Bantam Seal, 1992 (1994 reprint), 499 pages, C$8.99 mmpb, ISBN 0-7704-2618-2
As an avid reader who happens to watch a lot of movies, some things never fail to amaze me. Whenever I need some measure of the true intellectual worth of the average American, I simply start making comparisons between the two medium. Frank Herbert’s Dune, for instance. Worldwide Science-fiction bestseller, all eras confounded. One of SF’s best novels, with enough depth and complexity to make any reader scream in admiration. The movie presented shiny images, reduced characters to ciphers and compressed seven hundred pages in less than three hours. A lot of people hated it, including fans of the novel. It tanked at the box-office. And yet, a random sampling of people on the street will quickly reveal that far more have seen the movie, even as unsuccessful at it was, than have read the best-selling book.
Consider Smilla’s Sense of Snow, too: it was originally written by a Danish writer, translated in dozens of language, loved by critics and became an international bestseller. A middling movie came out, didn’t do too well at the box-office and yet still managed to be seen by more people than the novel. Funny universe, isn’t it? Not that I should be any shining beacon of virtue; I managed to avoid the novel for years until I happened to grab a cheap paperback copy at a charity sale.
It is undoubtedly an original book, if only for the setting: Taking place in Denmark, this thriller describes (through a first-person narration) a woman’s investigation of the death of an acquaintance, a small boy she had previously befriended. Her investigation takes us through early-nineties Copenhagen, which in itself alone is a welcome change of scenery for most jaded American thriller readers. But as far as pure escapism is concerned, just wait: Denmark, among other things, owns Greenland, and all the clues that Smilla uncovers seem to point to Greenland as the solution of the mystery… Polar temperatures, here we come!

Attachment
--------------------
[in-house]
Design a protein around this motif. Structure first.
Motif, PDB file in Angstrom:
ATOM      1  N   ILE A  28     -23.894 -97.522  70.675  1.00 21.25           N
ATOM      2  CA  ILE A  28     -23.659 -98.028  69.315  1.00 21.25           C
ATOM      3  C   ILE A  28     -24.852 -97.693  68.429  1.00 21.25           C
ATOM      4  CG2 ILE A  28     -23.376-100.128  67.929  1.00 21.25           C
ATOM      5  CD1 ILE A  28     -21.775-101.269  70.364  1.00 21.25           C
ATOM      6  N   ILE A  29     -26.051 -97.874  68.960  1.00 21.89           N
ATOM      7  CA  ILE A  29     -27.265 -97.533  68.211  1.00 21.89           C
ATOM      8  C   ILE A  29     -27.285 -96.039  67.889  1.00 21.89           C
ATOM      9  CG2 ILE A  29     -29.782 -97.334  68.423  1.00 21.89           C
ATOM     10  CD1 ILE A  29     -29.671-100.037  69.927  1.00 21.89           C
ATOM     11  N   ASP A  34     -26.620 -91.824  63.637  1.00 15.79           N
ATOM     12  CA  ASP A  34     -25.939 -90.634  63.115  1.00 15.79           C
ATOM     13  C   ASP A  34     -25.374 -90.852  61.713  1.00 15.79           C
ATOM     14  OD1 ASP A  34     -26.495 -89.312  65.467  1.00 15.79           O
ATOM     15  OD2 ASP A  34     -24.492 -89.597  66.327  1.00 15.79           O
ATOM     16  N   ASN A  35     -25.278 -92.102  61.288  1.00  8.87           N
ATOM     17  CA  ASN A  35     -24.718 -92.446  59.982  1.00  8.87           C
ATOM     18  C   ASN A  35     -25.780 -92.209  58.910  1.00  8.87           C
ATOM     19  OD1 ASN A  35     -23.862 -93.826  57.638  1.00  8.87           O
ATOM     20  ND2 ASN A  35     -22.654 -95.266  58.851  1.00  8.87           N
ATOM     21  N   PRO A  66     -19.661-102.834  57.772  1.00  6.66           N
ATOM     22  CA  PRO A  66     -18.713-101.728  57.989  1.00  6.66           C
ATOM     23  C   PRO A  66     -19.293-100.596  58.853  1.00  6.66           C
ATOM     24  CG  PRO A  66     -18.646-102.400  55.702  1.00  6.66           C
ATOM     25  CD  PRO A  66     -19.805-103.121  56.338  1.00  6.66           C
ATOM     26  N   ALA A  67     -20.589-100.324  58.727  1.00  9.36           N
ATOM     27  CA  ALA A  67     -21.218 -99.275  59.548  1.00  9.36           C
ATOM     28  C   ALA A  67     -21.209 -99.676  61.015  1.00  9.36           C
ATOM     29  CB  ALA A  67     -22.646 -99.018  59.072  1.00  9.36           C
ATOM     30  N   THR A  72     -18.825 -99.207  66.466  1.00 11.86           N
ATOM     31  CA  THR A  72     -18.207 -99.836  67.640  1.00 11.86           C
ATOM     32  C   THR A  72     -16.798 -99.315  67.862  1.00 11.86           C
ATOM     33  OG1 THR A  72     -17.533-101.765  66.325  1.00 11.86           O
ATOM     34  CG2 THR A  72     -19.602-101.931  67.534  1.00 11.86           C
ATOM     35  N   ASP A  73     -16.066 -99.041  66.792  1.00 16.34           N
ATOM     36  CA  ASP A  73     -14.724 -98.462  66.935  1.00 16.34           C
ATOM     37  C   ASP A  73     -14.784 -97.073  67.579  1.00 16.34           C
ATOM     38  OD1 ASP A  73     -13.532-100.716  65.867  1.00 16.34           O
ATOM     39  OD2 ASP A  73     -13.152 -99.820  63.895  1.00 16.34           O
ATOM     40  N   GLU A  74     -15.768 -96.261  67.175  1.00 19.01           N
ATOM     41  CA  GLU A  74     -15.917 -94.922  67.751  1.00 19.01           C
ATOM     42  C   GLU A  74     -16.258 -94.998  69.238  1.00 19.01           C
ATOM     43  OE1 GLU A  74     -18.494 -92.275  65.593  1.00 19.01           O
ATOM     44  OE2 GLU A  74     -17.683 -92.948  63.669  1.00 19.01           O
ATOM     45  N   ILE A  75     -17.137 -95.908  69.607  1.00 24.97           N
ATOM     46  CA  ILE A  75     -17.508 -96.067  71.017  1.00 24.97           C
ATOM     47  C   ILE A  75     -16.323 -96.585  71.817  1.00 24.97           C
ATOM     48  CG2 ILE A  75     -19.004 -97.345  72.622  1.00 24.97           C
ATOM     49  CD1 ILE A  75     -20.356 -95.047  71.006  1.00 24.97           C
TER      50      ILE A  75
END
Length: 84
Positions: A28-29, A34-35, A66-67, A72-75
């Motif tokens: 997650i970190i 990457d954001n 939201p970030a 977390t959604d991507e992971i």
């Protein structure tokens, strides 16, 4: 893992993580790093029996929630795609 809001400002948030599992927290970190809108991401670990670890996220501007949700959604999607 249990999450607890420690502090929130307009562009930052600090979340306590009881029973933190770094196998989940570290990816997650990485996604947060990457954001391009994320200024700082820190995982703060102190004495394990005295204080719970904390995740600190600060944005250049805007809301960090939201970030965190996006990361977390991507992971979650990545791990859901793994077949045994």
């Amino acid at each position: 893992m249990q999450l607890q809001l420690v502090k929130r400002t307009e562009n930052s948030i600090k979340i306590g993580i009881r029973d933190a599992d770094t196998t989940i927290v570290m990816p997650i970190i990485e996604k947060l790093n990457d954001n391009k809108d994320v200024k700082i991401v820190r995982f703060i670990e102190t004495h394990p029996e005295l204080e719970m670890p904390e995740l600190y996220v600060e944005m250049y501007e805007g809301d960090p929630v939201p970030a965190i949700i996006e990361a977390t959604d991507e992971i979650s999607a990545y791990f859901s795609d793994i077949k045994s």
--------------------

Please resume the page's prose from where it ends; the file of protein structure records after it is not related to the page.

As the sensuously sibilant title suggests, this is a novel built around a character. Smilla Jasperson is an almost-perfect outsider. Born of an union between a Danish doctor and a Greenlander huntress, Smilla finds herself ill at ease wherever she goes. A woman of exceptional talents (her “sense of snow” makes her an incomparable scientist and an invaluable member for any Arctic expedition), she is nevertheless a recluse. Shunning human contact for the reassurance of science, numbers and study, Smilla is unapproachable, unsympathetic and unwilling to pursue human contact. The small boy was the only one to manage that trick, out of shared loneliness. Now he’s dead and Smilla wants to know why.
Her investigation has all the hallmarks of a carefully contrived thriller. Chases, uncooperative witnesses, corporate machinations, pressure from police officials, family issues and even a romantic entanglement are blended in the narrative. Meanwhile, Smilla accumulates clues suggesting that this may not exactly be a completely straightforward thriller: something very unusual may be hidden up north… The climax switches genres and presents an explanation that may be jarring to readers who haven’t paid attention to the ream of scientific explanation and rationalization peppered throughout the book. Smilla is, after all, a scientist and her skills will seem natural given the resolution of the book.
It’s a shame that, for such a thriller, the prose seems so glacial. It’s not as if it’s badly-written: Even in this transparent translation, the thick prose is stuffed with scientific metaphors, and the glimpse in Smilla’s head is simply fascinating. But this literary/thriller hybrid takes far too long in moving from one high point to another. Then there’s the last few pages, which elucidate the mystery but snatch away any reasonably pleasant conclusion. “There will be no resolution” is not something you want to read after nearly 500 pages, and yet it’s the book’s last line.
If you want to savour the flavour of the Danish setting, cheer at the reclusive nature of an unspeakably cuter Smilla, experience the best thrills of the story and nod your head at a satisfying conclusion, you would be better off renting the cinematographic adaptation. In two hours, it tells the story, showcases Julia Osmond, presents spectacular polar landscapes and wraps up everything decently. It may not be as complete as the book, but it’s certainly easier to digest. But then again, you would become one of those people on the street with a better knowledge of the movie than the book. Why not get both?